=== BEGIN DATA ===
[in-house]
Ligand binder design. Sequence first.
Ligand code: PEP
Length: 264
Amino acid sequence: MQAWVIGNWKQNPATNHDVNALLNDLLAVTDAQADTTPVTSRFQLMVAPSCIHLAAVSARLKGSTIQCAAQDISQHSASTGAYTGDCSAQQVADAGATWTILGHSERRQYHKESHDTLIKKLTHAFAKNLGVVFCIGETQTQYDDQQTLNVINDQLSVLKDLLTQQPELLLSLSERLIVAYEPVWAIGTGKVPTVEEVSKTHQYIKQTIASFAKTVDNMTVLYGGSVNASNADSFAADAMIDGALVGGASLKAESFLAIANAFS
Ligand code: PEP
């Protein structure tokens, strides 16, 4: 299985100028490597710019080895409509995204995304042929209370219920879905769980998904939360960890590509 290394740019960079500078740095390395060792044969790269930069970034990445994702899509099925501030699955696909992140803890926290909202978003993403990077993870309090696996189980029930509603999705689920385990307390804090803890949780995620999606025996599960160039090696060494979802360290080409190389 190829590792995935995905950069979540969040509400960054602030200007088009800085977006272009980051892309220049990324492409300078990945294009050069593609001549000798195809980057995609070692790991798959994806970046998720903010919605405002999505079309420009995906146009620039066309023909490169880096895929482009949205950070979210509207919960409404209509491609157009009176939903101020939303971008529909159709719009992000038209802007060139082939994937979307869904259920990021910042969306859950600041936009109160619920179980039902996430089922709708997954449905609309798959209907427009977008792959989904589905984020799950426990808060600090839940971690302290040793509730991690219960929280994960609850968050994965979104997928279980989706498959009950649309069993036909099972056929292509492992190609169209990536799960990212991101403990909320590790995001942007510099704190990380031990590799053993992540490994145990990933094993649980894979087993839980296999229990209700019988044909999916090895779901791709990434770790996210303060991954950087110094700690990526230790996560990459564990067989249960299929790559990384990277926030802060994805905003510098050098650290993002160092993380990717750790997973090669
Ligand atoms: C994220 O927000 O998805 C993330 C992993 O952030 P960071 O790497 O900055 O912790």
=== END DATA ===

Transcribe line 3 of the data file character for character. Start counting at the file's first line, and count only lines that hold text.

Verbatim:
Ligand code: PEP